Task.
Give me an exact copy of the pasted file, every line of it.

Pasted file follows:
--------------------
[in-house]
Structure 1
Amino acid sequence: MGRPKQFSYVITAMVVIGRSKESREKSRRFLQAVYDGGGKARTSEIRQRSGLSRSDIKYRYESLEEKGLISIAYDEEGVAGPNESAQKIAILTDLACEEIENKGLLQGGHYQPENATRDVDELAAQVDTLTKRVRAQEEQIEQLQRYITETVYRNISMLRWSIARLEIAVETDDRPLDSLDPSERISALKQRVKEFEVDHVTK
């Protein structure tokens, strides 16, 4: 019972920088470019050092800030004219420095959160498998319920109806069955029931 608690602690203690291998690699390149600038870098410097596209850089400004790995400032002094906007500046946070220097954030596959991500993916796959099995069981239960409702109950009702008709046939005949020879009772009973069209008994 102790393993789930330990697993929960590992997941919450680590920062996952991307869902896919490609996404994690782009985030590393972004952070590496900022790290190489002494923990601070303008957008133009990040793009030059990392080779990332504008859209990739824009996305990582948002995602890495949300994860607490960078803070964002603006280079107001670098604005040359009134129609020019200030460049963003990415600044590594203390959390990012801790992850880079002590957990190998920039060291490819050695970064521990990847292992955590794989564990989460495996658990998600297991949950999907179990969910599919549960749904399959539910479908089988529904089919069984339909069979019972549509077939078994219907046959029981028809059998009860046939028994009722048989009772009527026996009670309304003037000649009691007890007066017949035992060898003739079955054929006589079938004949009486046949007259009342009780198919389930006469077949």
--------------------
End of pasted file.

[in-house]
Structure 1
Amino acid sequence: MGRPKQFSYVITAMVVIGRSKESREKSRRFLQAVYDGGGKARTSEIRQRSGLSRSDIKYRYESLEEKGLISIAYDEEGVAGPNESAQKIAILTDLACEEIENKGLLQGGHYQPENATRDVDELAAQVDTLTKRVRAQEEQIEQLQRYITETVYRNISMLRWSIARLEIAVETDDRPLDSLDPSERISALKQRVKEFEVDHVTK
């Protein structure tokens, strides 16, 4: 019972920088470019050092800030004219420095959160498998319920109806069955029931 608690602690203690291998690699390149600038870098410097596209850089400004790995400032002094906007500046946070220097954030596959991500993916796959099995069981239960409702109950009702008709046939005949020879009772009973069209008994 102790393993789930330990697993929960590992997941919450680590920062996952991307869902896919490609996404994690782009985030590393972004952070590496900022790290190489002494923990601070303008957008133009990040793009030059990392080779990332504008859209990739824009996305990582948002995602890495949300994860607490960078803070964002603006280079107001670098604005040359009134129609020019200030460049963003990415600044590594203390959390990012801790992850880079002590957990190998920039060291490819050695970064521990990847292992955590794989564990989460495996658990998600297991949950999907179990969910599919549960749904399959539910479908089988529904089919069984339909069979019972549509077939078994219907046959029981028809059998009860046939028994009722048989009772009527026996009670309304003037000649009691007890007066017949035992060898003739079955054929006589079938004949009486046949007259009342009780198919389930006469077949």